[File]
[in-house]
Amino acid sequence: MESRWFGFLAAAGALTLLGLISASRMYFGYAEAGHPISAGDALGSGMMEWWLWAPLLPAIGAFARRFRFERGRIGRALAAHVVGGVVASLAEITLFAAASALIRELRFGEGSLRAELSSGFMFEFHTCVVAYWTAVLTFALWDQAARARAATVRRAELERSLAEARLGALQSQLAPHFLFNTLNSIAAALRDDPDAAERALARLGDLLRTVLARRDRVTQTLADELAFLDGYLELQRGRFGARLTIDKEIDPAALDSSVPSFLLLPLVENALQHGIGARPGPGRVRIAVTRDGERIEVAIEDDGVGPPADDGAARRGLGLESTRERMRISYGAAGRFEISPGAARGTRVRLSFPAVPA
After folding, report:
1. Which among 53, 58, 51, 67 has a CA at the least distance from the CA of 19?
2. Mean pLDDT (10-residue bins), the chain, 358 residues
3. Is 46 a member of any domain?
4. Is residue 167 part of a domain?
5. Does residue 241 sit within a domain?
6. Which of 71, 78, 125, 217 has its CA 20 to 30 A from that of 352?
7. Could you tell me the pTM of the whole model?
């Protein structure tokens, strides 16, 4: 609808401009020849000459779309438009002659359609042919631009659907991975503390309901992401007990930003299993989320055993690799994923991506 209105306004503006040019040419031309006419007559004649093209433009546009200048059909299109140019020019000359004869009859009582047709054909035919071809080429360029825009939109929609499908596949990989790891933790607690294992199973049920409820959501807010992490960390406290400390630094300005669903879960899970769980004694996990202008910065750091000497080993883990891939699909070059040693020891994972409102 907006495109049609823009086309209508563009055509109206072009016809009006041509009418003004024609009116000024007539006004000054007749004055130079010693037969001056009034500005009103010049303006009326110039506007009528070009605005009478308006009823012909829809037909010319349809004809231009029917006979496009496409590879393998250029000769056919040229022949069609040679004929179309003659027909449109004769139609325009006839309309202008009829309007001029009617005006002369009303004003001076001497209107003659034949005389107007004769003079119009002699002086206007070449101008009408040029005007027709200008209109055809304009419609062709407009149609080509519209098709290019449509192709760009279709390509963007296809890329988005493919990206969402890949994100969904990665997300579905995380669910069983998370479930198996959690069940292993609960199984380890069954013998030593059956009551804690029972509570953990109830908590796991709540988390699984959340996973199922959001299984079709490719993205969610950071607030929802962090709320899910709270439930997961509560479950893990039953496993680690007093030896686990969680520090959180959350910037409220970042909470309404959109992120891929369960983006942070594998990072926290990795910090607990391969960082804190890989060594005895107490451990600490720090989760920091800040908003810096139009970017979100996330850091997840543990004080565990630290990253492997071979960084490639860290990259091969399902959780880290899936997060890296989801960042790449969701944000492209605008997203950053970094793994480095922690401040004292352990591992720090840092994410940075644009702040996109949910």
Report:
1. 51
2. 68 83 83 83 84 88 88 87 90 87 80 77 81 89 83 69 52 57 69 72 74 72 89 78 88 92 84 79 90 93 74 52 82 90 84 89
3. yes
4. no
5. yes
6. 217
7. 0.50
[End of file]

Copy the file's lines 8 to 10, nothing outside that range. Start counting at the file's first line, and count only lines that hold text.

5. Does residue 241 sit within a domain?
6. Which of 71, 78, 125, 217 has its CA 20 to 30 A from that of 352?
7. Could you tell me the pTM of the whole model?